010: How Can We Be Kinder to Ourselves in this 21st Century?

For the past few months, I thought that I was doing pretty well… I’ve somehow adjusted living away from my parents, being at peace with my issues at home and at work, and just having taken each day step-by-step; facing each bump on the road with a deep breath and a self-push forward. Though I admit, there would be these minute moments where I would be tumbling back to square one, interrogating myself on how I am not where I want to be, that the circumstances of my environment has stunted me from actually living the life that I want.

I admit that I am very hard on myself. I believe that I have so much to offer to the world, yet I feel like I am not even showing for it in a way that I’d expect. Whenever I feel this, I get into this state of overthinking, over-planning and in the end not being able to get on with anything because I wouldn’t know where to focus my energy in… So I’d rather just sleep. The irony is that I know what I want in life, but there’s just so much noise in and outside my head that it’s been hard to re-center and commit to my path. I know I am enough, yet I seldom feel like I’m not. I would later then realize that I am afflicting myself with humanity’s most lethal weapon of choice, a person’s mindset.

I’ve always been intrigued with the topic of mental health; the matter becoming the center of media attention, government policies, and even pop culture has rebirth my curiosity especially this past year. Growing up, it was something subconsciously enveloped within us through the people who raised us and hang out with, along with the experiences that we choose to indulge in (and later, regretting or not). At this day and age, a person’s mental condition is becoming a huge deal and I concur with society… When one reaches their final straw, not only do they have the will to take their own lives, but they also have the capacity to take the lives of others due to this sickness; and it has become more rampant like never before. To make matters worse, we also exist in a world where some do not even accept this as a disease but rather an excuse of just wanting attention – well that doesn’t help, does it?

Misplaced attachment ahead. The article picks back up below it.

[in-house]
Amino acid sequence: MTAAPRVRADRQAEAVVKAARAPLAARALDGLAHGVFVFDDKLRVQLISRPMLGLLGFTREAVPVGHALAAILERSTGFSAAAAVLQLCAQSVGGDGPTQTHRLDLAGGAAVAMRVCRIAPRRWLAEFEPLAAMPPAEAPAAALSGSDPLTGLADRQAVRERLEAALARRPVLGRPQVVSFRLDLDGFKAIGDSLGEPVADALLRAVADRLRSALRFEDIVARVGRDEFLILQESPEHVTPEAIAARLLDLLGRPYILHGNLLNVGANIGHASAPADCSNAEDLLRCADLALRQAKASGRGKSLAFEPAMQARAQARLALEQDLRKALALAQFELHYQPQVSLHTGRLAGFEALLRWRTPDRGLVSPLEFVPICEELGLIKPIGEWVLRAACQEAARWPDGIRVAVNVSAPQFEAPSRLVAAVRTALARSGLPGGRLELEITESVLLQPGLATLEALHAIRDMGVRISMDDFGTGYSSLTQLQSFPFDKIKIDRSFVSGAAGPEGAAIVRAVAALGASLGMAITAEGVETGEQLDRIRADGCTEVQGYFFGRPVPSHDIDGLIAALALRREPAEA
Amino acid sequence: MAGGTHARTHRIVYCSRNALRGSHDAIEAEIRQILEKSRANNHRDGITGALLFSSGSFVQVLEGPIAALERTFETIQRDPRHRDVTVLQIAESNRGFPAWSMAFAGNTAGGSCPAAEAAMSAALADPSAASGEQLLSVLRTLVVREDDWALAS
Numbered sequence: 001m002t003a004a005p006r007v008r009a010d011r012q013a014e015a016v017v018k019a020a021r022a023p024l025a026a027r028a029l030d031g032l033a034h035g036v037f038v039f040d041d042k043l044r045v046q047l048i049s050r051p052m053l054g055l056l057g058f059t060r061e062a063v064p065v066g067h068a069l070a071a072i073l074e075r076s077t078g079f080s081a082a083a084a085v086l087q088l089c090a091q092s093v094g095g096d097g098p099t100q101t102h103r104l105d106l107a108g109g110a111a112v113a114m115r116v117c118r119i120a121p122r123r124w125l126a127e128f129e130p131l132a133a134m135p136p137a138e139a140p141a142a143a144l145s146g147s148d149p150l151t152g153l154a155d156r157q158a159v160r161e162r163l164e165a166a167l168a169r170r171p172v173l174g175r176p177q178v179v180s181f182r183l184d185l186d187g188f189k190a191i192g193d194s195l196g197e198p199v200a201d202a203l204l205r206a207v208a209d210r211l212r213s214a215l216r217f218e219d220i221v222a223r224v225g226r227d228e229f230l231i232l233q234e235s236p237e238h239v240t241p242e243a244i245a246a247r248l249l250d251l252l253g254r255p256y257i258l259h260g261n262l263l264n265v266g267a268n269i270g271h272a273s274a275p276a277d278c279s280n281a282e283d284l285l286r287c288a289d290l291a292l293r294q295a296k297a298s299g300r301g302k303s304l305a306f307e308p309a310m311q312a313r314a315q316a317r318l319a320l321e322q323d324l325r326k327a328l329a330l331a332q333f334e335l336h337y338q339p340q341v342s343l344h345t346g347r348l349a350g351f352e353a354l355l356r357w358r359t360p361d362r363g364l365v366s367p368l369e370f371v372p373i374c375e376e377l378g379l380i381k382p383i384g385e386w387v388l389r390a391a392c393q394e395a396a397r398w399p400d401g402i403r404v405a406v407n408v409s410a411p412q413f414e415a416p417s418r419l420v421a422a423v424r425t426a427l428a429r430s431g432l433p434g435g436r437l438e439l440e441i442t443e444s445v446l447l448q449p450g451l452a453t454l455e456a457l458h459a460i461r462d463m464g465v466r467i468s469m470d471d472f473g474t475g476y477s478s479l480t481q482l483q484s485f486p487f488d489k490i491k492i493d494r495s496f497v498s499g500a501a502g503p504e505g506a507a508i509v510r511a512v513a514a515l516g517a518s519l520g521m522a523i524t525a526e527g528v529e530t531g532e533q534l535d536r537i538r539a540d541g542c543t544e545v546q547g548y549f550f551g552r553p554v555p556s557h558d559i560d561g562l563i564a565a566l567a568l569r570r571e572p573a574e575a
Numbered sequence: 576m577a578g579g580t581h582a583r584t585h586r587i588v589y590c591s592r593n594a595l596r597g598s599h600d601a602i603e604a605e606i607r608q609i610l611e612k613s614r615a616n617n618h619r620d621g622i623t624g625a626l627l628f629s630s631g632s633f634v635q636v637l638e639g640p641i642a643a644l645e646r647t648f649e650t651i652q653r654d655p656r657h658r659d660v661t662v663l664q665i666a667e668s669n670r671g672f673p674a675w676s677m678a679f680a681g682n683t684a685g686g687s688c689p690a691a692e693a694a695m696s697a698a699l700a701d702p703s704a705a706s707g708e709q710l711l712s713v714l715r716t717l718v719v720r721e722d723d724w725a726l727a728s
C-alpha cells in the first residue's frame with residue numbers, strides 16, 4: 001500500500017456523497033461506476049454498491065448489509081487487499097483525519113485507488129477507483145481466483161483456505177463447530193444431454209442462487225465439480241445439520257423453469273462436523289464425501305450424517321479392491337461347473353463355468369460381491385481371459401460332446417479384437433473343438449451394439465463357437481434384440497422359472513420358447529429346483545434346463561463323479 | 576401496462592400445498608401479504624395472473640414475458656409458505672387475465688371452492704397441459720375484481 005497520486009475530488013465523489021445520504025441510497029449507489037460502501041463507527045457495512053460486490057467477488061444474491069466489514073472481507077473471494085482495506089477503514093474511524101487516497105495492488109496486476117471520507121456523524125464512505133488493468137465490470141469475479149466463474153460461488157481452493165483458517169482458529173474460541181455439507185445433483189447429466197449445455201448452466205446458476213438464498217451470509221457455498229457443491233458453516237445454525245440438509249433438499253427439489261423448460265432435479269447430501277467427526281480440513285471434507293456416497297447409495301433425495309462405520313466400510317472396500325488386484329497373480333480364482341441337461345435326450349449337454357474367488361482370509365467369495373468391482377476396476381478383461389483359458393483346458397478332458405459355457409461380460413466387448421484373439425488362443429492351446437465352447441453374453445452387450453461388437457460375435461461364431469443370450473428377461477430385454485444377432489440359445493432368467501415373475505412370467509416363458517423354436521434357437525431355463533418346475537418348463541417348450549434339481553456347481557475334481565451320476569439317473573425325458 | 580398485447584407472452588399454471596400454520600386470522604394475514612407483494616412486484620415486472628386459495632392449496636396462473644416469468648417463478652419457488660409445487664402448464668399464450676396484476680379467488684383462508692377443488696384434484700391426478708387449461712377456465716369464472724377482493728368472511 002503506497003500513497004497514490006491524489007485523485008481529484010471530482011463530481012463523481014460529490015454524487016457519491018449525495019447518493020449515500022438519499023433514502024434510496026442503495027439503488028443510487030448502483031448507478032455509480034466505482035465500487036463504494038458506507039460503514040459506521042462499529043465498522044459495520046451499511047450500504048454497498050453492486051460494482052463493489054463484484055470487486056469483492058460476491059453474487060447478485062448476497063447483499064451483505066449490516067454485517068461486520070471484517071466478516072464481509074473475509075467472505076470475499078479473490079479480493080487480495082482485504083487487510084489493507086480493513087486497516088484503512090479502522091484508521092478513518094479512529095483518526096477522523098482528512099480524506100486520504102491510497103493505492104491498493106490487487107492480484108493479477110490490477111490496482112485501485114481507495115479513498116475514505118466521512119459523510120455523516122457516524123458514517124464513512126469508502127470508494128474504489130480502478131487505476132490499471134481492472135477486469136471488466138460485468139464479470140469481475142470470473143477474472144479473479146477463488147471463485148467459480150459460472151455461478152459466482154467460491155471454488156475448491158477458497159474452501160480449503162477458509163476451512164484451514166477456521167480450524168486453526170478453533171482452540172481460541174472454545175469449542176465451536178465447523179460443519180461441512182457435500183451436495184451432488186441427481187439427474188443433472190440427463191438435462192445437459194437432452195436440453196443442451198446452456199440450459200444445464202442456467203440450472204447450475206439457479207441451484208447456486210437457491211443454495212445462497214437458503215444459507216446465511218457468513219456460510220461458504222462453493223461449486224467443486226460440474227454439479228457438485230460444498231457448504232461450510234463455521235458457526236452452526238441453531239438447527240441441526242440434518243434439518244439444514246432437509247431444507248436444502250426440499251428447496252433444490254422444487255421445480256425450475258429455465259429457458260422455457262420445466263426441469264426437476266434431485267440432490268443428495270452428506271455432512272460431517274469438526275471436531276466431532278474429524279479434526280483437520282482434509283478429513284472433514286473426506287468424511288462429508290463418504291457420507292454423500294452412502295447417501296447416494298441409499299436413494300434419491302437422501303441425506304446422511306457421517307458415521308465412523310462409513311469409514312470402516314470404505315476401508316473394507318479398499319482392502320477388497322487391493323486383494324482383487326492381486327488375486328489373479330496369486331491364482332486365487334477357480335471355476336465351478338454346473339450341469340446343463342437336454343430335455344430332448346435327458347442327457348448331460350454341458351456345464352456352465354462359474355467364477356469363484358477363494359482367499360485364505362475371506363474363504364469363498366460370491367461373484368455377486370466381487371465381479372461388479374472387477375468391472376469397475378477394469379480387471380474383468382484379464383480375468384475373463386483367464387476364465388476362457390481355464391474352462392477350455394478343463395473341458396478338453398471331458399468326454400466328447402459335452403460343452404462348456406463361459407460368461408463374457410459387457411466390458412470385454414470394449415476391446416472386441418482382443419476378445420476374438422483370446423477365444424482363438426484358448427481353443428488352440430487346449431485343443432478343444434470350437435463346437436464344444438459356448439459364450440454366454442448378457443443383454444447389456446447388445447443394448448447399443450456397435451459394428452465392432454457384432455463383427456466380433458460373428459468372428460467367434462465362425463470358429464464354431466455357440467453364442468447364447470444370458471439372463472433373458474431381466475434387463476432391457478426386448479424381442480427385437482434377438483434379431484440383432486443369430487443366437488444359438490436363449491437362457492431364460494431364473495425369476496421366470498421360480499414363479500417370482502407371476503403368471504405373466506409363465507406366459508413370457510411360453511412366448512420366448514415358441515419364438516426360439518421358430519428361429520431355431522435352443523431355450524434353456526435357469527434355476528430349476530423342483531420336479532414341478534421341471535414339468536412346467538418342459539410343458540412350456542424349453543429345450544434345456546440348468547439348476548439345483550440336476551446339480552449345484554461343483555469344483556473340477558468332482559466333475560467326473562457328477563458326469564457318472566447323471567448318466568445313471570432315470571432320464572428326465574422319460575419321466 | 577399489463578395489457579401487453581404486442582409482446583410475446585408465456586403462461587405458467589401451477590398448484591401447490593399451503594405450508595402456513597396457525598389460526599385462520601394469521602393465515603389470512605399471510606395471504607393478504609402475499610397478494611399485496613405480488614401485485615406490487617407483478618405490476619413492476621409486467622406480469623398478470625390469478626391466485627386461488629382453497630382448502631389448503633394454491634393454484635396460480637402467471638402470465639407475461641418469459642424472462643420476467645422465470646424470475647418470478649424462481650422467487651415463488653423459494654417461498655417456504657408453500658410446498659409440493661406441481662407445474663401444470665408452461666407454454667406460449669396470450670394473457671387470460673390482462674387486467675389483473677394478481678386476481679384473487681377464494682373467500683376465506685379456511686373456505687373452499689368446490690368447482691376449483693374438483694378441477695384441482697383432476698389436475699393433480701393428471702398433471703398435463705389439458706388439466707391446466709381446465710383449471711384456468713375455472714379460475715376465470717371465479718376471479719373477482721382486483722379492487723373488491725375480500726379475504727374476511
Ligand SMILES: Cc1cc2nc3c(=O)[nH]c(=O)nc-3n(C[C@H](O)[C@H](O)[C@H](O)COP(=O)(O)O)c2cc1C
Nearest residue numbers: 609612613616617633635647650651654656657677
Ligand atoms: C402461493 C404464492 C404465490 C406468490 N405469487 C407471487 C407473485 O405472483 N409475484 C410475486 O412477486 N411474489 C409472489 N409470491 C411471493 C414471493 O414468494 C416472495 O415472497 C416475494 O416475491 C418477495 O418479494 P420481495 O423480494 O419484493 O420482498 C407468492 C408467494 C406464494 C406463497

I would sometimes wonder what spiked it to this degree?

I think it has something to do with information.

When our parents were our age, they did not have much access to information like we do now. When you wanted to research for your homework, you had no choice but to head to the library and write your notes paper after paper. When you wanted to catch-up with an old friend, you would get their number from the yellow pages (a.k.a. the original phone book) and call them to meet-up with you. Nowadays, if you want information, there’s Google and if you want to see what an old friend is up to there’s Facebook. You won’t need to write things down anymore, thanks to the student’s best friends, Copy & Paste, likewise a physical date with a person when there’s a thing called, FaceTime or Skype. The physical elements of interactions are slowly becoming subdued and unimportant. You don’t really need to do much to get what you want anymore, just go online and – poof – there’s your solution! This results to us breathing in the air of this fast-paced world that is becoming harder and harder to keep up with. No wonder it’s taking a toll on our minds. We’re losing oxygen.